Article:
The biggest trade show for consumer electronics wrapped up last month. CES displayed many innovative technologies including digital taps, smart pressure cookers, a treadmill you can power your house from, and many others. But what were the technology trends that stole the show and will make an impact throughout 2019? And are we likely to see them make headlines at MWC Barcelona? Continue reading to find out.
Ultra-fast mobile connectivity – hype or reality?
5G was at the center of every major press conference and press booth at CES. And while conversations around the fifth generation of mobile connectivity were unavoidable, we didn’t learn a whole lot that we didn’t already know. Also, there were only few actual 5G-compatible product announcements. This might be because most of the products will be premiered at MWC Barcelona (formerly known as Mobile World Congress), taking place later this month.
Meanwhile, US mobile operator, AT&T made headlines by simulating 5G on millions of 4G phones, which it believes are nearly fast enough. AT&T also revealed that it’s using Gemalto’s all-in-one eSIM and IoT module for more simplified and secured IoT connectivity.
But it’s not always “higher faster further” with 5G. There’s also another 5G path that’s designed for massive Mobile IoT which will cater to lower bandwidth IoT use cases. Today, these applications utilize LPWAN technologies like LTE-M or NB-IoT, which are paving the way to 5G as both standards will be part of 5G specifications. At CES, Gemalto launched the 5G-ready Cinterion® EXS62 and EXS82 IoT modules, based on the latest Qualcomm® 9205 LTE IoT modem.
We also saw a 5G prototype smartphone from Samsung, kept behind glass, but we’re likely to know more about it at MWC.
While we didn’t see any major 5G innovations at CES, it became clear that entrepreneurs and developers are bringing connectivity and intelligence to more things – and with it comes a world of new possibilities that are going to be made a reality by 5G.
The Future of the Smartphone
CES has never been renowned for its smartphone announcements, as the majority of phone makers keep those for the following month or their own individual launch events. However, we did get some hints into what to expect from new models this year, with key smartphone topics being 5G and flexibility.
As we’ve mentioned, Samsung was among the first major vendors to show a prototype of its 5G phone, expected to be on sale from this summer. Then it was the turn of chipmaker Qualcomm, which also displayed 5G-enabled prototypes from Chinese brands Oppo, Vivo and Xiaomi on its booth. However, the catch is that they’re all primarily for the Chinese market. So, customers in China might be the first people to enjoy phones compatible with fifth-generation mobile connectivity.
Royole’s FlexPai, the first foldable smartphone, was incredibly popular at the event. The larger, foldable screens are set to deliver better viewing experiences for streaming content and making video calls than current larger smartphones. And while there’s a lot of hype around such phones, it will be at MWC where we’ll see if they can live up to it and become a genuine trend.
Innovations in media consumption
This was a big year for TVs at CES, with real innovation and big leaps forward. For example, Samsung showcased a new type of TV modular system, called Micro LED TV. It uses only red, green and blue LED pixels, which means that it can deliver true black levels and incredibly bright and colorful picture. The amusing thing about this technology is that it can be assembled in any size or shape. Speaking of shapes and sizes, LG debuted an OLED TV that can roll-up-and-down from a box, providing you with multiple ways to consume content on the screen.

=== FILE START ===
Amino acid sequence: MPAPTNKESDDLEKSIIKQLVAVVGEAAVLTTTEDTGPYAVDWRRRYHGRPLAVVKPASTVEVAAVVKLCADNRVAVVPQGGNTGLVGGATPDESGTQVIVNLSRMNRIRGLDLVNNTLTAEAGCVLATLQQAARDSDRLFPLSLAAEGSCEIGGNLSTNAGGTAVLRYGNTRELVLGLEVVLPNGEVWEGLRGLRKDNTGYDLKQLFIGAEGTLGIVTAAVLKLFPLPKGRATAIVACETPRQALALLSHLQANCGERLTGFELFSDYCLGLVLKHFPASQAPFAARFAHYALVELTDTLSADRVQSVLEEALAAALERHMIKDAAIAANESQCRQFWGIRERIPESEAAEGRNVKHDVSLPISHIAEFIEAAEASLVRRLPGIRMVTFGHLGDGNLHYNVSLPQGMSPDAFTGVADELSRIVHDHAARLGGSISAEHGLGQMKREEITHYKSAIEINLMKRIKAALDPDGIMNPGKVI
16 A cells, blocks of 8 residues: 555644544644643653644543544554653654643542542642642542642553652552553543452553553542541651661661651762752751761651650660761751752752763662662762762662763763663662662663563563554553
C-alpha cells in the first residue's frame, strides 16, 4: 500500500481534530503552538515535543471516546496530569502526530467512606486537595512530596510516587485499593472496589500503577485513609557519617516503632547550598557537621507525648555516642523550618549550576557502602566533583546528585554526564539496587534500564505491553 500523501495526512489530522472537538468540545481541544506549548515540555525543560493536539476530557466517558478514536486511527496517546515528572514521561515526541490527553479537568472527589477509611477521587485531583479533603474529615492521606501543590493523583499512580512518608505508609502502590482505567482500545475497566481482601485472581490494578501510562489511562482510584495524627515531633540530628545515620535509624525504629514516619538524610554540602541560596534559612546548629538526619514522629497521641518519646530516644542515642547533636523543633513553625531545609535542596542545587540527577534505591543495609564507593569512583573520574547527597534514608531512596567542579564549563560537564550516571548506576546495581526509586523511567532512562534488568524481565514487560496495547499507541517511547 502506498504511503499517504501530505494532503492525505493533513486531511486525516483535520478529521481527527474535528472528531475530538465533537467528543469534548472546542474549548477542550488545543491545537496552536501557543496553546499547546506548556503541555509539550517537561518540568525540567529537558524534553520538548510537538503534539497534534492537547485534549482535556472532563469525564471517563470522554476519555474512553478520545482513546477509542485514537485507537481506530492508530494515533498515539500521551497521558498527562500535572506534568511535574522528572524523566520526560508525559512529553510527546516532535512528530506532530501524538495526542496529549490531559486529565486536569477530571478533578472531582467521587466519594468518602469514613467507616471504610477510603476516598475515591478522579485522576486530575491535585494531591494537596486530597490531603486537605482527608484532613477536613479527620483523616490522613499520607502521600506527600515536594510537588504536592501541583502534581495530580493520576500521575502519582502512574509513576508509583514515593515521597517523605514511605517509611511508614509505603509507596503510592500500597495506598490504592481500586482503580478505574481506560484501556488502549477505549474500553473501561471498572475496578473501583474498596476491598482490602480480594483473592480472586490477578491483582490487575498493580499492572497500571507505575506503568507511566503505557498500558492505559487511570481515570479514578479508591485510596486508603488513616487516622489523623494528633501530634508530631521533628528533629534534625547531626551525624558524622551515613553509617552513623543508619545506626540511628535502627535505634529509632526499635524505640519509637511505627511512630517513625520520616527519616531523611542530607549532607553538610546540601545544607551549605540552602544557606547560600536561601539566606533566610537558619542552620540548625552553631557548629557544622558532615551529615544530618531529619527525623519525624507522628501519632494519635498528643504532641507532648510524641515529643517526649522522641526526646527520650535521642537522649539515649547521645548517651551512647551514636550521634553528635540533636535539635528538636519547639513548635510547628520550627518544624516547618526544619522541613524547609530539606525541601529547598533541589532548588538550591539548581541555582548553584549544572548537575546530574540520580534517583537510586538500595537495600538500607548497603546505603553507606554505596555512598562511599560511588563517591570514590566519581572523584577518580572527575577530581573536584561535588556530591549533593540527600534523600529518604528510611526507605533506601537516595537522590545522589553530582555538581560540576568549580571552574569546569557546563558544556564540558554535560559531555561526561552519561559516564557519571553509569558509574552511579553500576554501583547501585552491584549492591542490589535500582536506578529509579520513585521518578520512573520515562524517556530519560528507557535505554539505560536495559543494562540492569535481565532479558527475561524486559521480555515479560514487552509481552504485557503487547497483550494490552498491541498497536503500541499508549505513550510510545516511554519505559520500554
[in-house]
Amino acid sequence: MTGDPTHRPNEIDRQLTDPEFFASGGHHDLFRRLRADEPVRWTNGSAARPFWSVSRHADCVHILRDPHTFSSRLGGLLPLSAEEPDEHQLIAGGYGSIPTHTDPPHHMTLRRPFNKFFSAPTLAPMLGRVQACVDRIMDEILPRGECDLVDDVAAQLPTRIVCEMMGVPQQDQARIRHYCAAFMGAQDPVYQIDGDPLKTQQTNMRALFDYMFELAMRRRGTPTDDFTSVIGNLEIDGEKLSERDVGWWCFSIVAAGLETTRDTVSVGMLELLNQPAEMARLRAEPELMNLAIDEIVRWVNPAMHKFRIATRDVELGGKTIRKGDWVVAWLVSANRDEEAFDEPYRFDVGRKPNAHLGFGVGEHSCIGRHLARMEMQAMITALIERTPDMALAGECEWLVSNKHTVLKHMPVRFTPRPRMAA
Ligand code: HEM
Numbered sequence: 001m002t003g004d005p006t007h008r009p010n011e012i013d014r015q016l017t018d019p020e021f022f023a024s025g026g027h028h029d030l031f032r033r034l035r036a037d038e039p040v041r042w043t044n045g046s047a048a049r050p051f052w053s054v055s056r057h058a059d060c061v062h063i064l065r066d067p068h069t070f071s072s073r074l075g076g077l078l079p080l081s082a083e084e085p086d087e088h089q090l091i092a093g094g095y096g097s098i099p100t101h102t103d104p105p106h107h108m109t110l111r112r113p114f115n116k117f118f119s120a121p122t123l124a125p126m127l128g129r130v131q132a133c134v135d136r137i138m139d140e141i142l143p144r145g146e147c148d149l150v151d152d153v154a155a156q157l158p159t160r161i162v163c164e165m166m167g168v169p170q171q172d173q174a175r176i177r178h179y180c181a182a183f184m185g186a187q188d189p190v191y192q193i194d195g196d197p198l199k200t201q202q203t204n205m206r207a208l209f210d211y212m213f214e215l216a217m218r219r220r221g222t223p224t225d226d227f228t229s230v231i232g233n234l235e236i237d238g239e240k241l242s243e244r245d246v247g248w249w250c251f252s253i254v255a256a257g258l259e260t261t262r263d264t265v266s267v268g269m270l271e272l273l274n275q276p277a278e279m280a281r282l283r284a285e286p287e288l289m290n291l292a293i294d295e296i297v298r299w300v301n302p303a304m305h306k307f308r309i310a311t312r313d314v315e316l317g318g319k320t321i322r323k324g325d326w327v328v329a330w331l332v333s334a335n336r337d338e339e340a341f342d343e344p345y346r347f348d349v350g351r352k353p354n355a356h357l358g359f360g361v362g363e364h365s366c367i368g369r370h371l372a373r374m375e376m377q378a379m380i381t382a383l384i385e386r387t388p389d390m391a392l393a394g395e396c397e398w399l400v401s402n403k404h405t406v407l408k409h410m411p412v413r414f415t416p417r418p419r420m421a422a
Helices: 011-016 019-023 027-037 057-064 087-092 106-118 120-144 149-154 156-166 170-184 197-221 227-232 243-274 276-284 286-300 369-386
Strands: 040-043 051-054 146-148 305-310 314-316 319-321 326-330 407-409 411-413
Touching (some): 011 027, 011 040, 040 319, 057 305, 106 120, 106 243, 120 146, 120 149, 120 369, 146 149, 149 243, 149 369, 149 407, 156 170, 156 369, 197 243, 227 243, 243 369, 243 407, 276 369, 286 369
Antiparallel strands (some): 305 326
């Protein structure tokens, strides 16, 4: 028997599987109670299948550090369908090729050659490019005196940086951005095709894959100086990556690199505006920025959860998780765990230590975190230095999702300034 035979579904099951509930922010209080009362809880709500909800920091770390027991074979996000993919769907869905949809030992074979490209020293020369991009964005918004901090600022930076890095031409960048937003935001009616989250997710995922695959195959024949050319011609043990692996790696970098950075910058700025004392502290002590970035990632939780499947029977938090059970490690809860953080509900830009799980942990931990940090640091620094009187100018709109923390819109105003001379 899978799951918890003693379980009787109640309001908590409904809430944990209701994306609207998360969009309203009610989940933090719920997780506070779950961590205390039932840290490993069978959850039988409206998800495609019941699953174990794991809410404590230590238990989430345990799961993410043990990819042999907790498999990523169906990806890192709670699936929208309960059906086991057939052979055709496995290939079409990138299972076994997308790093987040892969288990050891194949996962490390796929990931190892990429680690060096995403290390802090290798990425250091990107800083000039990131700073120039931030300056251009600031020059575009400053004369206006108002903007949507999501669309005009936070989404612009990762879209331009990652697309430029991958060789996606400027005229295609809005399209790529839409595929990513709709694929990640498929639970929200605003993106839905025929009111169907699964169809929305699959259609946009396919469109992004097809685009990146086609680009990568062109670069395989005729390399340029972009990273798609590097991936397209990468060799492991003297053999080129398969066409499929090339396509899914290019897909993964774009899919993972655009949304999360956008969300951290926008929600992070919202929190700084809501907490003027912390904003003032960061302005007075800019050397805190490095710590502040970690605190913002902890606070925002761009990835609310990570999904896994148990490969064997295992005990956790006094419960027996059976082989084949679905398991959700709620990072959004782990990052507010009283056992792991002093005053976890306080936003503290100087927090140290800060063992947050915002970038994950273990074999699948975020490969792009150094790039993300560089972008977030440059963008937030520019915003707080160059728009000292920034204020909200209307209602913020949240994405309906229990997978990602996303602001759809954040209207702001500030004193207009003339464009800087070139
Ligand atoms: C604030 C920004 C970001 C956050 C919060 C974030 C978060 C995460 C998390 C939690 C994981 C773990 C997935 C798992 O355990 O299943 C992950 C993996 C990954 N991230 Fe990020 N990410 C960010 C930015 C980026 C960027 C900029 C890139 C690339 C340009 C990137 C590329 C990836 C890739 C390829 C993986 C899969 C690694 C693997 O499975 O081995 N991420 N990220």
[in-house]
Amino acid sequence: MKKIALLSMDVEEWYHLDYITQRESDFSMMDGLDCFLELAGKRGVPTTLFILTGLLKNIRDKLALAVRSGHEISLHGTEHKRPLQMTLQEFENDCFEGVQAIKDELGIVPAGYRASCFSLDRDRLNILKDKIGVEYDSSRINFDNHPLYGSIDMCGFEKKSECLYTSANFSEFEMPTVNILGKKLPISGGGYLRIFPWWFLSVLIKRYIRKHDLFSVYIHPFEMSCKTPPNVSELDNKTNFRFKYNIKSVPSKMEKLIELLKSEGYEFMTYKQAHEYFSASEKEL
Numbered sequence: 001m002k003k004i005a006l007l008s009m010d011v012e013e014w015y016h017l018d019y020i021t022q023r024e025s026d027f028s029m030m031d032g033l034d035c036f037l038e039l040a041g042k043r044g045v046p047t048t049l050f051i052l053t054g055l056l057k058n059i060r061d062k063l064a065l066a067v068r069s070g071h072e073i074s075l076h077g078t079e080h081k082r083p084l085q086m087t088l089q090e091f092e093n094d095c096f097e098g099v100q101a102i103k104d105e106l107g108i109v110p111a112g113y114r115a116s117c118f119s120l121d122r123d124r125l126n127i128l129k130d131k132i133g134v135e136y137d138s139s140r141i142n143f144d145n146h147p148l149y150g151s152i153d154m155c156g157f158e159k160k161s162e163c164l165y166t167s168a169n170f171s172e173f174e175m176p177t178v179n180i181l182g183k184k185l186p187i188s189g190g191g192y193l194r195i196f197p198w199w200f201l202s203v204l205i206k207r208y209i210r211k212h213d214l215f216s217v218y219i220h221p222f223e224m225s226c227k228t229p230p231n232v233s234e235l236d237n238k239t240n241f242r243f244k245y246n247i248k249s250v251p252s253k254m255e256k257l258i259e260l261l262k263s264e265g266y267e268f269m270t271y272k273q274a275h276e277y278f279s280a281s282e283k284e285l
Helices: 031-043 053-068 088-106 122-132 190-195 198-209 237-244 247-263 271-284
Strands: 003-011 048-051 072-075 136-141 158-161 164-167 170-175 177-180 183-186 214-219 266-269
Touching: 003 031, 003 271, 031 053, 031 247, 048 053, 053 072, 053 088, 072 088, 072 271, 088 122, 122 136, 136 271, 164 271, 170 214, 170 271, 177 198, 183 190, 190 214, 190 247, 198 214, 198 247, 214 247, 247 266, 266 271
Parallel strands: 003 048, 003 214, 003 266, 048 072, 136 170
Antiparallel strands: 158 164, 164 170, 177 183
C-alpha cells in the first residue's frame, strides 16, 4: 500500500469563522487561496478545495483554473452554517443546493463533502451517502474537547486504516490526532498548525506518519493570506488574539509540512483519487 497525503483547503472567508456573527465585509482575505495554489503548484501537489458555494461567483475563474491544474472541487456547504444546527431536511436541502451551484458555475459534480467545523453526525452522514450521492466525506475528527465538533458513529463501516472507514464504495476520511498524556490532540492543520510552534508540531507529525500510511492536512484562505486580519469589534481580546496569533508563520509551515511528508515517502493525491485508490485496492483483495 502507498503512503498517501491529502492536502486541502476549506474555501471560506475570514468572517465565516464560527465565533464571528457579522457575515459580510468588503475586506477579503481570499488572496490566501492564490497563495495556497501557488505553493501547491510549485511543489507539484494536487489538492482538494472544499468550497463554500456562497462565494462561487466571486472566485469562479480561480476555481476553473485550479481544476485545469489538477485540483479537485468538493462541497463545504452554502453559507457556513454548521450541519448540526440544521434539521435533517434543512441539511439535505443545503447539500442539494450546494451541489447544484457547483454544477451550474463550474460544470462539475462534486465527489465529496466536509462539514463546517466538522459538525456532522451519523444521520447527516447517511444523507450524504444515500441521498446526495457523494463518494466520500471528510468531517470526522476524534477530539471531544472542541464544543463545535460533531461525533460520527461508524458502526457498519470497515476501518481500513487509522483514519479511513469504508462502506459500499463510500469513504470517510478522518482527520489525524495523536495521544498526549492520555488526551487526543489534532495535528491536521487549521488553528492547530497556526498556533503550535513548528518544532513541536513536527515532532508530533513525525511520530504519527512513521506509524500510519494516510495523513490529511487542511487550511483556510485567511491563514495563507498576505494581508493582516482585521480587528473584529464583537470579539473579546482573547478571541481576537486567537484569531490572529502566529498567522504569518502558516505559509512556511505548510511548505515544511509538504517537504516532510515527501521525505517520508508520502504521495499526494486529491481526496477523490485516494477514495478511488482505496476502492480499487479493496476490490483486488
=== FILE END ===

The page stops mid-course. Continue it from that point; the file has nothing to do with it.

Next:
Many of the big names in consumer electronics debuted 8K TVs, but do we really need 8K? The main benefit of it is more detail and the sharpness of the picture. But it only goes that far. You can only really tell the difference in the picture quality if you’re buying a 65-inch or above TV (unless you have exceptionally good eyesight). Plus, you won’t be able to watch 8K videos until 5G becomes commercially available.
AI – impressive, and in everything
CES 2019 represented a fundamental shift in conversation when it comes to AI. Until recently, most technologies centered around people having to learn how to adapt to the tech. That’s why the focus has been on the user interface, and the technologies with the most user-friendly interface have been the ones to make the biggest impact.
Now, AI is challenging this to the point that it’s no longer the people adapting to the technology, but the technology adapting itself to each person/ situation to suit their individual needs. That’s why current AI technologies such as voice assistants gather as much data as possible about their owners, so that they can learn their patterns, habits and preferences.
Almost every company was showing AI applications at CES this year. Smart home electronics from ovens that identify foods in order to cook them properly to robotic vacuums that recognize objects in order to avoid running over them, were all present at the event. What’s more, voice-powered smart speakers such as Alexa and Google Home are now compatible with pretty much anything in your home – from kitchen appliances to mattresses and even toilet seats.
Are we likely to see any of these trends in Barcelona?
Companies will certainly continue conversations around the latest innovations in 5G, mobile and AI at MWC in February. Along with these, we expect topics such as eSIM, digital identities, commercial drones and IoT to be leading the conversation in Barcelona.
Gemalto will be present at the world’s biggest mobile industry event where we’ll showcase our secure connectivity and device lifecycle management solutions for OEM and MNOs. So, make sure you pop by stand 2J41 to witness some of our demos and talk to our experts. We look forward to seeing you there!